When Hillary Clinton first announced for her run for the White House, conservative wags on Twitter immediately started a hashtag #hillarysoold mocking the former senator and secretary of state for her relatively advanced age compared to her Republican counterparts.
There are at least two problems with such attacks. First, Clinton is the same age as Ronald Reagan was at this point in 1979 and she would be the same age—69 years old—as The Gipper was when he entered the White House in 1981. More important, as I argue in a new Daily Beast article, old age has radically changed over the past few decades:
If Hillary is elected, she'll be 69 years old when she takes office in January 2017. That's not just old, that's William Henry Harrison old. It's Ronald Reagan old. Yet her advanced age doesn't matter one liver spot in the campaign, nor should it. We may be divided by vitally important issues—Iranian nukes, the Trans-Pacific Partnership, and whether we should finally adopt European shoe sizes (per Lincoln Chaffee's bold policy proposals)—but we can certainly agree that aging is nothing like it used to be when The Who and The Rolling Stones sang mid-'60s baby boomer anthems about hoping to "die before I get old" and "what a drag it is getting old." (With the Stones currently on tour and Mick Jagger doing his chicken dance at the ripe old age of 71, who's laughing now, Brian Jones?)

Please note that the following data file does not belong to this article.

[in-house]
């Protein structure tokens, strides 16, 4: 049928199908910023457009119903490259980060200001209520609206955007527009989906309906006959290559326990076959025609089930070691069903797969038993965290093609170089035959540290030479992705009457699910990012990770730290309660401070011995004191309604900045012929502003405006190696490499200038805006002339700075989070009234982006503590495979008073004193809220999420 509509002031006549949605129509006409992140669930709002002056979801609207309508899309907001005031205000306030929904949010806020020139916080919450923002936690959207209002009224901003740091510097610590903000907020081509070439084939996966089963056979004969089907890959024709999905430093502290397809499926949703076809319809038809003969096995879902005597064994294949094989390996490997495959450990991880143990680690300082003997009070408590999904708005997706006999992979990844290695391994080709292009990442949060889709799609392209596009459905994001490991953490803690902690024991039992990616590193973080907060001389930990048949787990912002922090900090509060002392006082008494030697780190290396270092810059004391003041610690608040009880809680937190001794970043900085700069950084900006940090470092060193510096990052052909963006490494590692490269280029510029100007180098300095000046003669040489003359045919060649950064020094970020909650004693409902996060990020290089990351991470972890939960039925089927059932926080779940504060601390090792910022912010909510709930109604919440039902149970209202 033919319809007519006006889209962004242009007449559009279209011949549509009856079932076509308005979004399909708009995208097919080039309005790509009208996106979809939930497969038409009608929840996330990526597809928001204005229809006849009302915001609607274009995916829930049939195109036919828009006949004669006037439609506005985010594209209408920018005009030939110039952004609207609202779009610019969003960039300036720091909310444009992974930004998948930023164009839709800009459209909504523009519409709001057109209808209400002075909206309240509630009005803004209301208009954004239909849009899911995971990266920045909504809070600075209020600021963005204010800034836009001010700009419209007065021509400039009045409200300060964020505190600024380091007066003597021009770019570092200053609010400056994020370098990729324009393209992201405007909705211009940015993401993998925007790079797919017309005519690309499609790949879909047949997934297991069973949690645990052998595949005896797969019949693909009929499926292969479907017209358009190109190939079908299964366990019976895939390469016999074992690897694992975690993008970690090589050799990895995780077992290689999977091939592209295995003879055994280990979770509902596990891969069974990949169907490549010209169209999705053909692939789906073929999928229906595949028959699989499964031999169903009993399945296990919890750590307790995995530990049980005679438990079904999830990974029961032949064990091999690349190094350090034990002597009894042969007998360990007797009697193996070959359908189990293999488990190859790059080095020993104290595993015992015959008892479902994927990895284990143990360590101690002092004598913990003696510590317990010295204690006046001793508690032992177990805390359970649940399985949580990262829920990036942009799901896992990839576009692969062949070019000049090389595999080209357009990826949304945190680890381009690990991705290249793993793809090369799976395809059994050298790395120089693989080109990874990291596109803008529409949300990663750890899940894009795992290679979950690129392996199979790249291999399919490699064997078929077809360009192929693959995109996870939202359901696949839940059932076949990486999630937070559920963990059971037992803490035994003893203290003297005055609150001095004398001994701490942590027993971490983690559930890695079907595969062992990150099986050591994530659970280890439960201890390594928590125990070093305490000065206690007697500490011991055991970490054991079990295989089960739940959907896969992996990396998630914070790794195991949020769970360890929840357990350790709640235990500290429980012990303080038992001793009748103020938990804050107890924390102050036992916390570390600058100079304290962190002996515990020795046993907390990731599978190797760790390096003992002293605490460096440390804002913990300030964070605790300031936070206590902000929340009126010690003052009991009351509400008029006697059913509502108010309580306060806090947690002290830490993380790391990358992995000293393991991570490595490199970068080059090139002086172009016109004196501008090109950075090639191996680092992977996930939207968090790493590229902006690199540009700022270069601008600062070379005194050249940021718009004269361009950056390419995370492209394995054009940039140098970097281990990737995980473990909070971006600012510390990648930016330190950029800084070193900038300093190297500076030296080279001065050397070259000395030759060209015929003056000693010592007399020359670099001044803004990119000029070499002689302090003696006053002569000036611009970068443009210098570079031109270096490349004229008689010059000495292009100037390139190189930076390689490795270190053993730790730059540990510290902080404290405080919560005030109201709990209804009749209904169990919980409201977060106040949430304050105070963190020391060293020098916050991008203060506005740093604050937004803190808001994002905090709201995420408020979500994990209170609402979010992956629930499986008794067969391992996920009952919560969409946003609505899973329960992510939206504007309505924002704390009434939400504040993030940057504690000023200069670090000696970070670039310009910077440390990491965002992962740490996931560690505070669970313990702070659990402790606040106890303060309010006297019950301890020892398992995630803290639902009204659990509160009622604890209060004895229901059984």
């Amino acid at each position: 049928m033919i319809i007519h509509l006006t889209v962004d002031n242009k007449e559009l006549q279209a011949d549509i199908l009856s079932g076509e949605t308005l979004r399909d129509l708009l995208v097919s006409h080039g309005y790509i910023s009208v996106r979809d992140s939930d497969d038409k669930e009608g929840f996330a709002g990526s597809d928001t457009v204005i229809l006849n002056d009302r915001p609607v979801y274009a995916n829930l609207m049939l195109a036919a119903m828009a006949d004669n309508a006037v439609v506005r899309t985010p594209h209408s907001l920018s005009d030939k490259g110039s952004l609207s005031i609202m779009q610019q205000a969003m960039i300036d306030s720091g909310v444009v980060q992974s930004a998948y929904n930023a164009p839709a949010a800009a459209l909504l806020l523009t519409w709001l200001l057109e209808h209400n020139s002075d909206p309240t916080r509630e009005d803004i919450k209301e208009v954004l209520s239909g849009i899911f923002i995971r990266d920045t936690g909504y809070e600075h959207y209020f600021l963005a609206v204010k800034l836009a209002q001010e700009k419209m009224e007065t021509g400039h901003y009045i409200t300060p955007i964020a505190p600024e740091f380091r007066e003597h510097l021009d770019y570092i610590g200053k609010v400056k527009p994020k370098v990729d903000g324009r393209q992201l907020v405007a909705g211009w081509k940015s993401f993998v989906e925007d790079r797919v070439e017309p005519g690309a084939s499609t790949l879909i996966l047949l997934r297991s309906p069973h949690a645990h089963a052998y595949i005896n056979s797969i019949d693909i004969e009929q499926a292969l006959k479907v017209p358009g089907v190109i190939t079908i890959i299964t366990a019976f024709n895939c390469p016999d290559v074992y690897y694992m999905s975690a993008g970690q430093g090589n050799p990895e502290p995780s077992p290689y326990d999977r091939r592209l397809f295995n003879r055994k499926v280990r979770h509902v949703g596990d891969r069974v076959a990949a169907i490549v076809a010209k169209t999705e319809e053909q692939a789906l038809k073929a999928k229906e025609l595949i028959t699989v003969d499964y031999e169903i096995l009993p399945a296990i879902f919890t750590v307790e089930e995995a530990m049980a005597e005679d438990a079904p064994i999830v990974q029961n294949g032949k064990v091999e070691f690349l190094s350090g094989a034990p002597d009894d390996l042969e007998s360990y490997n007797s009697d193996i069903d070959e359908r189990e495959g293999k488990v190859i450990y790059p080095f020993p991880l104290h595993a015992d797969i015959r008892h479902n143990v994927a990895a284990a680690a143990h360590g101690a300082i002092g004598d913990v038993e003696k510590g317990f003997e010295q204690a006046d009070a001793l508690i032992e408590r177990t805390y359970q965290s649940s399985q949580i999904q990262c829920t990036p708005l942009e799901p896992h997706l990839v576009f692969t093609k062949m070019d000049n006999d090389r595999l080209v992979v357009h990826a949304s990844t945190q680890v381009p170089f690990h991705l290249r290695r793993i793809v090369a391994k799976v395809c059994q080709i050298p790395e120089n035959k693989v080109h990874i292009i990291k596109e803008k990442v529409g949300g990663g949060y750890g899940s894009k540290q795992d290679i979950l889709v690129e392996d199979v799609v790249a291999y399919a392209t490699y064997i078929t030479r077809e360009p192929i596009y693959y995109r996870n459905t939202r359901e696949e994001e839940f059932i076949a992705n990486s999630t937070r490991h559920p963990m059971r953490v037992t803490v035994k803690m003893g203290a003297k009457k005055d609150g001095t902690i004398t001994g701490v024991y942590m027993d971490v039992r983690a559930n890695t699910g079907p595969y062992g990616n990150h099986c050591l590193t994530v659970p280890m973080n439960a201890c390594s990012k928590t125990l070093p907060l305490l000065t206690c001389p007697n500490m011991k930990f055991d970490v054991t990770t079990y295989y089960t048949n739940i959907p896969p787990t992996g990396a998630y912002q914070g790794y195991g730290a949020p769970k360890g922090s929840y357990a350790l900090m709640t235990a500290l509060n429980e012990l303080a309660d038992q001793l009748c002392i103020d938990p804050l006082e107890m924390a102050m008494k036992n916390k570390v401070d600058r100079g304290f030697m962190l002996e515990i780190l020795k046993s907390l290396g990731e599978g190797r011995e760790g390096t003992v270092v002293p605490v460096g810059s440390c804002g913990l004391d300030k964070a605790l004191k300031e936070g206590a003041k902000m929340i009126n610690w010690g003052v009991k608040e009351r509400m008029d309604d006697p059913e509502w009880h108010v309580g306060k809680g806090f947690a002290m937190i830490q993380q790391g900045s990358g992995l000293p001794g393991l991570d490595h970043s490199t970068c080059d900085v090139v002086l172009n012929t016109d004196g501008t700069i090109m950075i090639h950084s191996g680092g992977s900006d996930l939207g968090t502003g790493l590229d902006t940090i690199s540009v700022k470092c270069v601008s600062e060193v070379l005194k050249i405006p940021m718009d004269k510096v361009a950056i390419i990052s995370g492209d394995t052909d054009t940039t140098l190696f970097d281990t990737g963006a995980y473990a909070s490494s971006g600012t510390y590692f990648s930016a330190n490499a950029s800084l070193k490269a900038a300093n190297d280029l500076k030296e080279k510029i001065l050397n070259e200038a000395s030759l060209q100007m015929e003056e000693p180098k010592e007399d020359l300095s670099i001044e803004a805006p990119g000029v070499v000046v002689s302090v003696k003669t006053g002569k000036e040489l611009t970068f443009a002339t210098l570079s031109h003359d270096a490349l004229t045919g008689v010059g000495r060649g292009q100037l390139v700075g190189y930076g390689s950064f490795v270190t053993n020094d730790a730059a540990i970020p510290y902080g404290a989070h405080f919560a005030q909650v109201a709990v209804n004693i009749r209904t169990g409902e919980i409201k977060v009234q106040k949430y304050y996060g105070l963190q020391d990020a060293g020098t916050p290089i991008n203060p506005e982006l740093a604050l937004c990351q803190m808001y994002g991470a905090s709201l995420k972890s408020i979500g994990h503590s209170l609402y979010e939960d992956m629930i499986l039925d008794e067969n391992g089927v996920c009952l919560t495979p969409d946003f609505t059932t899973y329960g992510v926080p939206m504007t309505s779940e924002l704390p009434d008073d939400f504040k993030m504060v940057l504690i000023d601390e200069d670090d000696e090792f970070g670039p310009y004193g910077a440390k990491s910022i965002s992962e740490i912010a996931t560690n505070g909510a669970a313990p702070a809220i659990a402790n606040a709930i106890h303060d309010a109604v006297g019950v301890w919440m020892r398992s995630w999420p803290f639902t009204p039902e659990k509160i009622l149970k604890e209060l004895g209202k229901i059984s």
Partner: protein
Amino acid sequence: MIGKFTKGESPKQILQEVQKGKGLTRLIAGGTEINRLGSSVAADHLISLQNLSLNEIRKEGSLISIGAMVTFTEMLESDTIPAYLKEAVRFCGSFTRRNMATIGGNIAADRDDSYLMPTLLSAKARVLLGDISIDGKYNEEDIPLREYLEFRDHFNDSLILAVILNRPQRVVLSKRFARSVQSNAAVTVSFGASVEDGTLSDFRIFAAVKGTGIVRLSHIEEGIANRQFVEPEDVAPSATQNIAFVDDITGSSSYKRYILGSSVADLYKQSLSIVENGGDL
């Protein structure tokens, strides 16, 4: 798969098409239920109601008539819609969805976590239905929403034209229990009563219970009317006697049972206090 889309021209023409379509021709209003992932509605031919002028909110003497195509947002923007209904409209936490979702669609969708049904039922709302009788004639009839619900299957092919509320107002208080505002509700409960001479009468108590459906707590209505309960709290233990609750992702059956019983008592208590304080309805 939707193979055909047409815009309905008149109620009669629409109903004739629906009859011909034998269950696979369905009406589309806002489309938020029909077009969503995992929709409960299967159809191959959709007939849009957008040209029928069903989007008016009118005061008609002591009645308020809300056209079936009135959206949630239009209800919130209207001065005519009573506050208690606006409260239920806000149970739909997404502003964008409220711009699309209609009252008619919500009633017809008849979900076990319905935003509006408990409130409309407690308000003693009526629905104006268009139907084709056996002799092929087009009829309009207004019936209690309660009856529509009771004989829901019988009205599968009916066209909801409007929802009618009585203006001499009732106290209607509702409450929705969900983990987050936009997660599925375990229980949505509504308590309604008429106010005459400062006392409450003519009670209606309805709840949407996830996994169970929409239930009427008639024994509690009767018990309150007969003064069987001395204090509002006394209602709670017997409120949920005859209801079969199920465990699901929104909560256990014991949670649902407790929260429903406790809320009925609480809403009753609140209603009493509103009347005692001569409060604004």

Simply put, there's never been a better time to get old, and not just because old farts over 65 have massively increased their wealth relative to the rest of us and can now gum down pills that will make them think sharper, feel hornier, be more continent, and stay awake while binge-watching Murder, She Wrote on Netflix. If we have not yet defeated death and senescence, we have taken long strides toward making it a manageable condition.
You know the drill: 40 is the new 30, 60 is the new 50, and unless you're Harrison Ford behind the controls of a vintage airplane or foolishly letting magician David Blaine into your house, 72 is the new 70 or so.
Here's the catch, though: Clinton's body and mind may be younger than yesterday, but her policy ideas and thinking are like soooo last century.
Which isn't to say that she's immune from age-based attacks. Not on her person, but on her ideas, which are at least as "stale and moss-covered" in their own way as Rand Paul says the Republican Party has become. Looking over her left shoulder at progressive Democrats such as Bernie Sanders and Elizabeth Warren, Clinton often sounds like she is auditioning to implement Barack Obama's third term. Where her husband long ago heralded the "era of big government is over" and proceeded not simply to balance the budget but drive down federal expenditures as a percentage of GDP to well-below averages (see page 345) (PDF), Clinton sounds like an old-style unreconstructed liberal who will tax, spend, and regulate like it's 1969.
When you look at a wide range of issues, Clinton is flat-out awful or, arguably worse, in the midst of a politically driven conversion (as happened to her on gay marriage). She's awful on the drug war, on privacy, on NSA/Edward Snowden, and more. She's going to need to be the rhetorical equivalent of Houdini to wriggle out of her hawkish past as a senator and secretary of state. The one thing she's got going for? Virtually of her Republican opponents, with the notable and partial exception of Rand Paul, are even worse on the same issues.
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